Travis Shaw
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Blue Jays, Travis Shaw agree to one-year, $4 million contract


Jon Morosi reports that the Blue Jays have signed infielder Travis Shaw to a one-year contract worth $4 million. He can earn an additional $675,000 through incentives based on plate appearances.

Shaw, 29, hit a disappointing .157/.281/.270 across 86 games for the Brewers last year, even resulting in a demotion to Triple-A. However, in the two seasons prior, Shaw had back-to-back 30-homer years for the Brewers.

The Blue Jays lost Justin Smoak to free agency — he signed with the Brewers — so they filled their gap at first base with Shaw. Shaw has mostly played third base in his career and has also spent time at second base, but the Jays’ infield is otherwise set so Shaw will be cemented at first base and occasionally at designated hitter.

Red Sox employees “livid” over team pay cut plan

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Even Drellich of The Athletic reports that the Boston Red Sox are cutting the pay of team employees. Those cuts, which began to be communicated last night, apply to all employees making $50,000 or more. They are tiered cuts, with people making $50-99,000 seeing salary cut by 20%, those making $100k-$499,000 seeing $25% cuts and those making $500,000 or more getting 30% cuts.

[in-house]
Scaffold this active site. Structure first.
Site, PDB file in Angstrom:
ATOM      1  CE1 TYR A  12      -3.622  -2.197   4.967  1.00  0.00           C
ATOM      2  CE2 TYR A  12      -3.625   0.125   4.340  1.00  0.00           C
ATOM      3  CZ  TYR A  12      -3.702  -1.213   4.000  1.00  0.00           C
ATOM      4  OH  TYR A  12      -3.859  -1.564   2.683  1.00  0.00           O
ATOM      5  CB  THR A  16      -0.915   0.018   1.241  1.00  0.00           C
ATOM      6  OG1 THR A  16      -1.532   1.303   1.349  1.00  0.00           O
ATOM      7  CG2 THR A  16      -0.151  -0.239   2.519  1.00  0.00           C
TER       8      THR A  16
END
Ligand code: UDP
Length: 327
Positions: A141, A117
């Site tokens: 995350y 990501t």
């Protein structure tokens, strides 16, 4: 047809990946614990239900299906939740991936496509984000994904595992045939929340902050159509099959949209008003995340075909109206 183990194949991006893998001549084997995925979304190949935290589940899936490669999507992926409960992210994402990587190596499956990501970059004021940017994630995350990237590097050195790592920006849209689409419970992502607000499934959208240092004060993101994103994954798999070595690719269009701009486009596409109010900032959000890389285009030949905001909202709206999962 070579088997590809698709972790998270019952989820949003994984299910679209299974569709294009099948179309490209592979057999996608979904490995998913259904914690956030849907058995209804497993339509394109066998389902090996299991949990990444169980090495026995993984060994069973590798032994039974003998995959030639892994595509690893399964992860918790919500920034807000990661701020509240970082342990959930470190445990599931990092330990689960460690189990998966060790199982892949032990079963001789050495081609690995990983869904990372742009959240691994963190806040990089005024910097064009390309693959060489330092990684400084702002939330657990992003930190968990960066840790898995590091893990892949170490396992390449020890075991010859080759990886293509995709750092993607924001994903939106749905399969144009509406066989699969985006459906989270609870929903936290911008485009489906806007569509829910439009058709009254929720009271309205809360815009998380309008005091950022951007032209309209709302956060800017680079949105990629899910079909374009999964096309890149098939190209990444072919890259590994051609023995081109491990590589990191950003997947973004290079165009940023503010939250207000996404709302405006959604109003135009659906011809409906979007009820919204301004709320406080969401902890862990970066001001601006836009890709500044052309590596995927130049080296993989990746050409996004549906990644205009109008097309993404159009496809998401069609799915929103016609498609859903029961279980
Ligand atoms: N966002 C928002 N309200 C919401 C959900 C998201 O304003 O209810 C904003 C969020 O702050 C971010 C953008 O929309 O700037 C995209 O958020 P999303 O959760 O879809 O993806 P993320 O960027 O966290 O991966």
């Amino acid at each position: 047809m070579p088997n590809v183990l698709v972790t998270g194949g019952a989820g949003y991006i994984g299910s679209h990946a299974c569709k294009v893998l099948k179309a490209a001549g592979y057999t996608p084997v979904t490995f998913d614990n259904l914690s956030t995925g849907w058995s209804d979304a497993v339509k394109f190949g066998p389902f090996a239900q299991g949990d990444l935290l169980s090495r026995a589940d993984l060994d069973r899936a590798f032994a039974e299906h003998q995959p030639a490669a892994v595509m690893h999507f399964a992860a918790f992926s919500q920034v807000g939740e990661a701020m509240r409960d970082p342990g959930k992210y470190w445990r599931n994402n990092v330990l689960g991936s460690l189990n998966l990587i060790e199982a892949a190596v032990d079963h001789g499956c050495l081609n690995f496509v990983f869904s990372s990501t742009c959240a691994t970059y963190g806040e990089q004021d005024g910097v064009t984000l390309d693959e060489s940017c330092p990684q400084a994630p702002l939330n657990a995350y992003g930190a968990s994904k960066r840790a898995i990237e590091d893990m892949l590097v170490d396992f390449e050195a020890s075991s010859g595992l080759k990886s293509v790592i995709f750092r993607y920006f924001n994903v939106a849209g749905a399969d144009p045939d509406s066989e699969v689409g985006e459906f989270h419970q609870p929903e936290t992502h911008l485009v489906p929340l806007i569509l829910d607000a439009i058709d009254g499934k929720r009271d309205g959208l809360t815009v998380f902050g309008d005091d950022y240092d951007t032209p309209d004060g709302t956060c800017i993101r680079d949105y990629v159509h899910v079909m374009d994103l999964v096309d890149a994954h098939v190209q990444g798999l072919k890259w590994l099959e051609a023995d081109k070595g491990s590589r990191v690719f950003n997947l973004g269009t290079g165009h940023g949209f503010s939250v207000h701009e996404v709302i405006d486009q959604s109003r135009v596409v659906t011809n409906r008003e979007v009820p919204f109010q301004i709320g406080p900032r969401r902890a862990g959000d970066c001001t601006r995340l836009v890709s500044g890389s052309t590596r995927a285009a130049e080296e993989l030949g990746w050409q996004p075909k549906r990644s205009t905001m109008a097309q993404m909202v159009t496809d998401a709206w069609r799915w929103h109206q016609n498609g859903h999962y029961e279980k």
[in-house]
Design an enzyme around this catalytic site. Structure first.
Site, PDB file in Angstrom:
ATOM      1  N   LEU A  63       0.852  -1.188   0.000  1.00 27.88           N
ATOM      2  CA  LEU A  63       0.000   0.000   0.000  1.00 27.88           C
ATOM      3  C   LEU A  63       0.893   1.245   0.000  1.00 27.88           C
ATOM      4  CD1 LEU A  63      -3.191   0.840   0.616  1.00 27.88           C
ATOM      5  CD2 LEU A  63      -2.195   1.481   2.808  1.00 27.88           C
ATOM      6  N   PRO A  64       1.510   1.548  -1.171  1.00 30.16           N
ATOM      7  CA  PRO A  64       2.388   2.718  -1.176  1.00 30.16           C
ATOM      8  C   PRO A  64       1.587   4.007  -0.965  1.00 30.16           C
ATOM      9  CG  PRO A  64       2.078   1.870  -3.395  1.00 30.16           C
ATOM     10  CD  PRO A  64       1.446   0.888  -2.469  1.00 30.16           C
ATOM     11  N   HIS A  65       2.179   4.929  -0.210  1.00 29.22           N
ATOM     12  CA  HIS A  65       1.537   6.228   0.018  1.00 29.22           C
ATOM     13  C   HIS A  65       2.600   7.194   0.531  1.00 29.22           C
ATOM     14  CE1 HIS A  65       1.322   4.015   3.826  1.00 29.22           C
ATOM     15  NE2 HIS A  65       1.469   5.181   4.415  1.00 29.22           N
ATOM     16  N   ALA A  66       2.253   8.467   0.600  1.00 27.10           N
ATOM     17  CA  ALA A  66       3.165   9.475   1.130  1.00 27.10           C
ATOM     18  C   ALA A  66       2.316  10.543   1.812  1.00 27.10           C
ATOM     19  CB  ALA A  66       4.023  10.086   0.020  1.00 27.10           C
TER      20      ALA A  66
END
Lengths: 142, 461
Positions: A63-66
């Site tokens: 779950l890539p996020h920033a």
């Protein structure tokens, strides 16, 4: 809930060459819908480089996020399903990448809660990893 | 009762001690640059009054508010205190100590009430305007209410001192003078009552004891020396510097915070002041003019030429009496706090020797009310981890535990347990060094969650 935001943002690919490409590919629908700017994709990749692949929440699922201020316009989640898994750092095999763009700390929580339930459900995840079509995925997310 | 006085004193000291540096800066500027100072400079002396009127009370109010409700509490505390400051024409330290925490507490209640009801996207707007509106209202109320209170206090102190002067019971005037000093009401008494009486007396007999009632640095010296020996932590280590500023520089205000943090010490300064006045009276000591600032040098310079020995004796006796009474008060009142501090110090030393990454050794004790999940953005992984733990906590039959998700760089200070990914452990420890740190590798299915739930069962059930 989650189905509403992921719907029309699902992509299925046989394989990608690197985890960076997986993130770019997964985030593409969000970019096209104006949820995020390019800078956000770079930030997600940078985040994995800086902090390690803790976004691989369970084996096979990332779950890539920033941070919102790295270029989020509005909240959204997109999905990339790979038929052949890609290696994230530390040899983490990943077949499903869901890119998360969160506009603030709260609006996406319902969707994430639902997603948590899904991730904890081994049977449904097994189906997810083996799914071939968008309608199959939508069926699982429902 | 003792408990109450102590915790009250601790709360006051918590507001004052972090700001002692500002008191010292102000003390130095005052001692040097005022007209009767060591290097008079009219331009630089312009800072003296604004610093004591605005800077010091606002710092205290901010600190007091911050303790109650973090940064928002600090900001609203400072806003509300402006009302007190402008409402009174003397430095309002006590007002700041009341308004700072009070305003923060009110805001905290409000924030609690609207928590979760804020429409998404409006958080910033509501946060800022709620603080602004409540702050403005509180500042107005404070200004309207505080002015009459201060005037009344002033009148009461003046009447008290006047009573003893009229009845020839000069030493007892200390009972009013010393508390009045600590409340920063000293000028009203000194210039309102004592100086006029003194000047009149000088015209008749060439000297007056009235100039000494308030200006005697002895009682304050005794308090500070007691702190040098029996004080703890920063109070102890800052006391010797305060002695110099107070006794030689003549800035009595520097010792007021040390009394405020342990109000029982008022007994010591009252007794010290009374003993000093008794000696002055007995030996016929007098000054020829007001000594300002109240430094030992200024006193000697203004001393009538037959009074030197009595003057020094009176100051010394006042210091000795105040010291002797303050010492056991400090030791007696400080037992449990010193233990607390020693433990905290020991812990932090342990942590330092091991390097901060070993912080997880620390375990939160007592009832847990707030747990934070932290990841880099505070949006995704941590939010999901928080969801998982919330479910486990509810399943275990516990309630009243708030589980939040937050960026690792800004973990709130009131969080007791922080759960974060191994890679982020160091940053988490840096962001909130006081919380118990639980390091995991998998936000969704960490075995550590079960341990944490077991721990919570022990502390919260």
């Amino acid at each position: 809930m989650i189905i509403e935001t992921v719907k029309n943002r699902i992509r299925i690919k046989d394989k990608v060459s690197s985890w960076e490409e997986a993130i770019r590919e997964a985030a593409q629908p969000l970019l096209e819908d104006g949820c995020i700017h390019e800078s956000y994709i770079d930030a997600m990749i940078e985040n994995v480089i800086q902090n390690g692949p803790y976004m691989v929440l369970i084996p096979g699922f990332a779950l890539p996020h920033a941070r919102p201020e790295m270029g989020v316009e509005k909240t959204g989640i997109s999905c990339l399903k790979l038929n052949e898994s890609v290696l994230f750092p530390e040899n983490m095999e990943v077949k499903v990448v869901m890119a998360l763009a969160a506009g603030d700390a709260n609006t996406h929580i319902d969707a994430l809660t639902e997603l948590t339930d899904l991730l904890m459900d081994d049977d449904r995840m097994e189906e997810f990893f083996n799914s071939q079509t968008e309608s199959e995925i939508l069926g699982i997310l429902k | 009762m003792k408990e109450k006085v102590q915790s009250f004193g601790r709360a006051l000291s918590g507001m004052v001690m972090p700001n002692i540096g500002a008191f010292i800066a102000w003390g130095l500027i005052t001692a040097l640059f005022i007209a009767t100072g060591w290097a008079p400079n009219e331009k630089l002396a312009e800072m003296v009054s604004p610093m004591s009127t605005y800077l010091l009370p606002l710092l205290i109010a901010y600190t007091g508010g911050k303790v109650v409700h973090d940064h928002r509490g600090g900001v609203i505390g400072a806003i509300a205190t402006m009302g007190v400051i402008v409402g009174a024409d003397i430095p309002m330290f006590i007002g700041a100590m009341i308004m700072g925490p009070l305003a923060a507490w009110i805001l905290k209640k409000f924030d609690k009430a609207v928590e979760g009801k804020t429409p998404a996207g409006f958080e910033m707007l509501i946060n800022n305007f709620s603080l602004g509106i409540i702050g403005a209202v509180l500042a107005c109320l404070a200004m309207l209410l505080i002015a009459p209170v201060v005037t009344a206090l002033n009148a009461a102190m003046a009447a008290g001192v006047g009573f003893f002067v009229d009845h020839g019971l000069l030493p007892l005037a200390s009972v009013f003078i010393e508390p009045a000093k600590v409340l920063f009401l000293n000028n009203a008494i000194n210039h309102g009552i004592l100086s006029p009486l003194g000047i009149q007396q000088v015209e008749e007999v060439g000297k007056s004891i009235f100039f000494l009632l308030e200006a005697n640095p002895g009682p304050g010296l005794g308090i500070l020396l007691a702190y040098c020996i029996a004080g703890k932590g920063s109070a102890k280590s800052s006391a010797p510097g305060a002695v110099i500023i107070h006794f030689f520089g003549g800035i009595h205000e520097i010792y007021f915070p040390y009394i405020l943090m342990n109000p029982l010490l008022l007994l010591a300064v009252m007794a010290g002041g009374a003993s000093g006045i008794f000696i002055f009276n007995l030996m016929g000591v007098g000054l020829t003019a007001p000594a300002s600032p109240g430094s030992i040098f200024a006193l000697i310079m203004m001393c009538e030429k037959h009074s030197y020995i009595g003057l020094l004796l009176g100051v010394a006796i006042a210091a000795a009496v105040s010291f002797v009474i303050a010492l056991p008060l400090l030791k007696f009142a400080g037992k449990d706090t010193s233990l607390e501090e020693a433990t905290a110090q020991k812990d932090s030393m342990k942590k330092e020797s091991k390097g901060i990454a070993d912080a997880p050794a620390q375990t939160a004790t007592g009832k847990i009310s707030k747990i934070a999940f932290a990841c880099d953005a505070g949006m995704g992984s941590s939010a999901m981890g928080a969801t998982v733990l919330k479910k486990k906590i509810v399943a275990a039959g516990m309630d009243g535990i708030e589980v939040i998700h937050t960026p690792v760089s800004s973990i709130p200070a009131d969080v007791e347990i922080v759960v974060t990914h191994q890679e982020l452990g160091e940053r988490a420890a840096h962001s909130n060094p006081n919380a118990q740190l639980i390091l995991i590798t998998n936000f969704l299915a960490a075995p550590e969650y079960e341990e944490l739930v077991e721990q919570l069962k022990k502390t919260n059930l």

Drellich reported that a Red Sox employee told him that “people are livid” over the fact that those making $100K are being treated the same way as those making $500K. And, yes, that does seem to be a pretty wide spread for similar pay cuts. One would think that a team with as many analytically-oriented people on staff could perhaps break things down a bit more granularly.

Notable in all of this that the same folks who own the Red Sox — Fenway Sports Group — own Liverpool FC of the English Premier League, and that just last month Liverpool’s pay cut/employee furlough policies proved so unpopular that they led to a backlash and a subsequent reversal by the club. That came after intense criticism from Liverpool fan groups and local politicians. Sox owner John Henry must be confident that no such backlash will happen in Boston.

As we noted yesterday, The Kansas City Royals, who are not as financially successful as the Boston Red Sox, have not furloughed employees or cut pay as a result of baseball’s shutdown in the wake of the COVID-19 pandemic. Perhaps someone in Boston could call the Royals and ask them how they managed that.